Interview with the artist Daria Dmytrenko

A tangle of thoughts that takes on curved shapes and intense, almost mystical colors. It is the painting by the up-and-coming Ukrainian artist that tells us her story

Installation view, The Dream of Reason, Daria Dmytrenko, 2022, NOVO, Eduardo Secci Gallery, Florence, Photo: Stefano Maniero, Courtesy: the artist and Eduardo Secci

Daria Dmytrenko (Ukraine, 1993) is an emerging artist who came to Italy to study after studying painting at the National Academy of Fine Arts and Architecture in Kiev and graduated in painting at the Academy of Fine Arts in Venice. In 2020 he takes part in the 103rd Collective of Young Artists of the Bevilacqua La Masa Foundation in Venice; In 2022, after a stay at the Palazzo Monti in Brescia, he works on various group exhibitions, including A long time ago in the gallery Eduardo Secci in Florence e Fluuuuid by Cassina Projects in Milan. In the same year he opened his first solo exhibition entitled The dream of reason, presented by Eduardo Secci. The artist works with the world of memories, shapes them and translates them into painting with great visual elegance.

Daria Dmitrenko
Daria Dmitrenko


Daria, what is your earliest memory as an artist?
I have no concrete first memory. When I was four years old, I went to a children’s art school. But when I started studying art school, I felt like an artist. That’s when I realized I wanted to take care of it.

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What do you think of the academic preparation in the artistic field?
I attended a very rigorous academic painting school in Ukraine, which gave me a solid knowledge of anatomy, drawing, composition and technique. Constant hand training eliminates the difficulty that many young artists have: giving shape to their ideas. But I don’t think that such training is compulsory for every artist. This method limits creativity, you get used to the concept of right and wrong.

What do you think about when you have the brush in your hand?
When I get to work I try not to think about anything, clear my head as much as possible and let the subconscious that guides my hand flow into the creative process.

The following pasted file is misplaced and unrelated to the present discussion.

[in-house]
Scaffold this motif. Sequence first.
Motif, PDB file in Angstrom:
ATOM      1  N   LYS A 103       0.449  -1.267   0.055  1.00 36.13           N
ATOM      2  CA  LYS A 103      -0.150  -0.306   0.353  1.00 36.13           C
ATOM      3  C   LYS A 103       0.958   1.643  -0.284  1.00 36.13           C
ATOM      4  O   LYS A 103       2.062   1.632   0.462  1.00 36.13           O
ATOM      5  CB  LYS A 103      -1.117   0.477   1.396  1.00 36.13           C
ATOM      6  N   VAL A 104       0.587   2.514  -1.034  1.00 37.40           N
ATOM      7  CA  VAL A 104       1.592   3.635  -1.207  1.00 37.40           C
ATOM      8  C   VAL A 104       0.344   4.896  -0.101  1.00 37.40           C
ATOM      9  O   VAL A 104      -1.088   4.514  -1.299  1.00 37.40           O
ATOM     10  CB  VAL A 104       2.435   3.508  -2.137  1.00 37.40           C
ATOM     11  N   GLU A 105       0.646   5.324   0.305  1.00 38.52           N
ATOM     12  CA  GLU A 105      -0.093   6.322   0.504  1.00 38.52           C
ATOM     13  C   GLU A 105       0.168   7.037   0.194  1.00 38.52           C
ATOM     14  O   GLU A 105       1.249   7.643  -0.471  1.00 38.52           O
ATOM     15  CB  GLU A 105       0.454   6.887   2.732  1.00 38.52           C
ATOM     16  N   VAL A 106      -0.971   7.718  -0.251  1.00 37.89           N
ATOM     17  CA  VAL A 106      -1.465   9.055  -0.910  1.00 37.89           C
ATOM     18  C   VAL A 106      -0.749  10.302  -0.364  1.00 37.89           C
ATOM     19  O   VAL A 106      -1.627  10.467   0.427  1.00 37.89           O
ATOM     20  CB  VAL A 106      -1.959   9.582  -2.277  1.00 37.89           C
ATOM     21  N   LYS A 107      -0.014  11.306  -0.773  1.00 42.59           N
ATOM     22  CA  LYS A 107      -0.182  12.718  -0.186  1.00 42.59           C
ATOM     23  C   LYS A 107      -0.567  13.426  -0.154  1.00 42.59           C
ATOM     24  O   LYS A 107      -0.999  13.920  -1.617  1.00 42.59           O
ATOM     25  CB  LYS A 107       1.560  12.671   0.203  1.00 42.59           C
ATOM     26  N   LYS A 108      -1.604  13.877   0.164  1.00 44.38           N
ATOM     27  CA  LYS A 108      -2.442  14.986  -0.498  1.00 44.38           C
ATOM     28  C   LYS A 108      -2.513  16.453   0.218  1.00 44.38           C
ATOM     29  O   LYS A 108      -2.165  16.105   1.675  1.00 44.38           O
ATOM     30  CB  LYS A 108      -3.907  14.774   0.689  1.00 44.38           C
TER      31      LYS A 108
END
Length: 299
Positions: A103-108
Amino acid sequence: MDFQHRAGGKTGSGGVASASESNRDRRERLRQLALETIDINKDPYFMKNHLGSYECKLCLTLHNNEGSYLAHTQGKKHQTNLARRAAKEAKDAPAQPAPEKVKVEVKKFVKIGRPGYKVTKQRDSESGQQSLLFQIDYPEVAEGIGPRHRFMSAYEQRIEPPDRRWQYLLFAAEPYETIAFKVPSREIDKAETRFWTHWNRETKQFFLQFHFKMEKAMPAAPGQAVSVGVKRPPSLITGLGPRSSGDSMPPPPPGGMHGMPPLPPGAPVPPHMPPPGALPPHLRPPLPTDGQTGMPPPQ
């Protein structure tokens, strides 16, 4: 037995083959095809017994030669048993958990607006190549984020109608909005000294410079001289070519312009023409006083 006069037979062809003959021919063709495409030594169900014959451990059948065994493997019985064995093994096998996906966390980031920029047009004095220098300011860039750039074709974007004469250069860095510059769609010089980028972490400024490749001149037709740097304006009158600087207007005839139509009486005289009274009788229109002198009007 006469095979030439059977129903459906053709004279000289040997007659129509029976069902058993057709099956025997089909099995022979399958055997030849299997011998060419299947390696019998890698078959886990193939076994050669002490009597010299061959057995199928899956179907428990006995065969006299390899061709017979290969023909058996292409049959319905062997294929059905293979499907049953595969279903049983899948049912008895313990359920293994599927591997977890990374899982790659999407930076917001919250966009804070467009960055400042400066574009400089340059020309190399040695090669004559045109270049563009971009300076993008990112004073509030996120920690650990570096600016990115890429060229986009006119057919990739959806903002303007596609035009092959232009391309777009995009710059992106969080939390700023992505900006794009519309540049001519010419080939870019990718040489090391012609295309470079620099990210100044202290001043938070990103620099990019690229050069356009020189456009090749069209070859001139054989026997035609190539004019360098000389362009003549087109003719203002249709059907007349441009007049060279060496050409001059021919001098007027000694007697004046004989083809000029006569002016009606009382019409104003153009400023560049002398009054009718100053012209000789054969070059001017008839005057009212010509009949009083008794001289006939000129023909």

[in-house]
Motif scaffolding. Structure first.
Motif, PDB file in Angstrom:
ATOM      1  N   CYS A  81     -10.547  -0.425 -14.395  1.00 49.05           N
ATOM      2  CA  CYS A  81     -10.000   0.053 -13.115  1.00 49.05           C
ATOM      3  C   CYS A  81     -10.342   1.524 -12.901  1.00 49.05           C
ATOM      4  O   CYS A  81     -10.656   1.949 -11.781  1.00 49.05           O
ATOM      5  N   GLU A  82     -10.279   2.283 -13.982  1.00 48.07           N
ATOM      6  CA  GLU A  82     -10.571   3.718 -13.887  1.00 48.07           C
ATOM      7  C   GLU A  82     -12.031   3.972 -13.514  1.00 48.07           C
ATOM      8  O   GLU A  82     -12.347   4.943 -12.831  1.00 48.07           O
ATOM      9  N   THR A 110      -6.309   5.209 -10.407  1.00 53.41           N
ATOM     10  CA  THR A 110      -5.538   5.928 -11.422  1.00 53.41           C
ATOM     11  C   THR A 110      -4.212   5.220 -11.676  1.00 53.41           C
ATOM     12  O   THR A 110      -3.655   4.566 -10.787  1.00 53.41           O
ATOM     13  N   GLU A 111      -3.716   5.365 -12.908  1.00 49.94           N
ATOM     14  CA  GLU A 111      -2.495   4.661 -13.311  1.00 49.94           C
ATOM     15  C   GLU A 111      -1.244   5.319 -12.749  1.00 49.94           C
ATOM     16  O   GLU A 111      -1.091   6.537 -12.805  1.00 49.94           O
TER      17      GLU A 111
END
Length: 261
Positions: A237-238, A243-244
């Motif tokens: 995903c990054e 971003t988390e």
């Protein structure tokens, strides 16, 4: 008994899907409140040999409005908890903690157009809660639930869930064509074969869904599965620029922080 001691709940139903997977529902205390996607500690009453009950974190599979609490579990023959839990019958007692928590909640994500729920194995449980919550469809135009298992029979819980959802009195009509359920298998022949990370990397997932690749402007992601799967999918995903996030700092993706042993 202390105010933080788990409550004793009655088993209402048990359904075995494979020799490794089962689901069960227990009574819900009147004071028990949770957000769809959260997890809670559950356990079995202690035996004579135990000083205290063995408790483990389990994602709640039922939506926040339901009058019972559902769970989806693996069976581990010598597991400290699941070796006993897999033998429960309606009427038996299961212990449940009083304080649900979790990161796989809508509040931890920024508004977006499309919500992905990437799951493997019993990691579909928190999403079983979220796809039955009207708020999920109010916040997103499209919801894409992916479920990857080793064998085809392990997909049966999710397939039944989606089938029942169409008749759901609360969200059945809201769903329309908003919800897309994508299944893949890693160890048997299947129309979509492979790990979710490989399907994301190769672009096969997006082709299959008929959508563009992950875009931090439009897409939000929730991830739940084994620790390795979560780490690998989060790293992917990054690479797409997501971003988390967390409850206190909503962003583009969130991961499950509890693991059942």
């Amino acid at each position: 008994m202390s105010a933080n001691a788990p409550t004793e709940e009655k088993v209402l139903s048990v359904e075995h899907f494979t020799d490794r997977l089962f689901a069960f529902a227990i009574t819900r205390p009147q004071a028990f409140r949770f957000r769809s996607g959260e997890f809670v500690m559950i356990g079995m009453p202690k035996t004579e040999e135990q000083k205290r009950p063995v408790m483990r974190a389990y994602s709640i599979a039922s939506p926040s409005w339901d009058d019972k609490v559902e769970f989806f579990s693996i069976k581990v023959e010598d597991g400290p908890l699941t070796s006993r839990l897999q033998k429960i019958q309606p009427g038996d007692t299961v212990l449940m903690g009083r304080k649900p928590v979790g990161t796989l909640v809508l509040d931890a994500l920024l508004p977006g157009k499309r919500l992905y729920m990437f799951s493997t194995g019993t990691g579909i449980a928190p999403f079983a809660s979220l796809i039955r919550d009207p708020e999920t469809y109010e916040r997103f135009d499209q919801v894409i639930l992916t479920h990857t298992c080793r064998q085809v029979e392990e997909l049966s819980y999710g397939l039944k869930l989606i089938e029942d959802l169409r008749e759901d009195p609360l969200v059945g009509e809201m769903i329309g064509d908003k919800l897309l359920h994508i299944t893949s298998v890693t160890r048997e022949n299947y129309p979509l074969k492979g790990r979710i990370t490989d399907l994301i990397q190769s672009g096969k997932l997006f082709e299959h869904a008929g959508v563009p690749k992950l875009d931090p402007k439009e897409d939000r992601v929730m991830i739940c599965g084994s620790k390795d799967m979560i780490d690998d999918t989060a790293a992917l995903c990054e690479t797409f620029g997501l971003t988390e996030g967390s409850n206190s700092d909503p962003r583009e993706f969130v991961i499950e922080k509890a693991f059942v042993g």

Daria Dmitrenko, Tender Beast
Daria Dmitrenko, Tender Beast


Do your works arise from lived experiences or rather from states of mind?
I think everything is connected. On the one hand I’m trying to express something invisible and difficult to trace that lies in the deepest layers of my mind, on the other hand I’m convinced that each of my works inevitably bears the traces of my experiences.

What fascinates you? What catches your attention?
Undoubtedly nature, especially its organic side: I am very curious about the forms of living beings in their diversity and behavior. In particular, the inhabitants of the forest and the water creatures, who move in two mysterious, unknown environments, stimulate my imagination.

Is your creative process slow and thoughtful or fast?
Both: It’s fast at first, because it’s important for me to grasp the momentum. Then the most painstaking part of elaborating and refining the shapes begins.

Daria Dmitrenko, Untitled
Daria Dmitrenko, Untitled

do you have a studio
I won an artist residency for a year at the Bevilacqua La Masa Foundation in Venice, where I currently live. I’m in a Renaissance convent on the island of Giudecca, I have a lot of space that allows me to create large-scale works.

They work on the idea of ​​the subconscious and memory
My research consists of visually exploring my subconscious. I try to explore the darkest corners of my mind to obtain memories, sensations and emotions from which creatures, woolen bodies, figures and shapes and mystical environments take shape.

The colors you use are very intense: from cobalt blue tones to almost petroleum green tones. How to choose them?
It’s a component I’ve always attached great importance to. Finding the chromatic solution is an emotional process that is not always easy.


What do you think of today’s art market? Does it scare you?
Controversial. On the one hand it seems that thanks to the internet, art is becoming more accessible and closer to the public, but at the same time I see young artists being treated as a passing trend, commercialized and exploited as if it were a product. My painting is slow compared to many artists of my generation: I worry about the excessive speed and superficiality of certain works, a kind of Instagram art that fills the market.

Installation view, The Dream of Reason, Daria Dmytrenko, 2022, NOVO, Eduardo Secci Gallery, Florence, Photo: Stefano Maniero, Courtesy: the artist and Eduardo Secci
Installation view, The Dream of Reason, Daria Dmytrenko, 2022, NOVO, Eduardo Secci Gallery, Florence, Photo: Stefano Maniero, Courtesy: the artist and Eduardo Secci

What is your relationship with social media?
With a smart approach, social media can be powerful tools for an artist. This is a convenient and immediate way to learn about the work of others and showcase your own. Importantly, however, it remains a tool and not the ultimate goal of creating art, as is sadly often the case in today’s art scene.

Ritual question: Your secret dream…
For several years I have dreamed of organizing an artist residency in my hometown of Dnipro. At the moment, however, I only dream of peace for Ukraine.

Glory to Vergani

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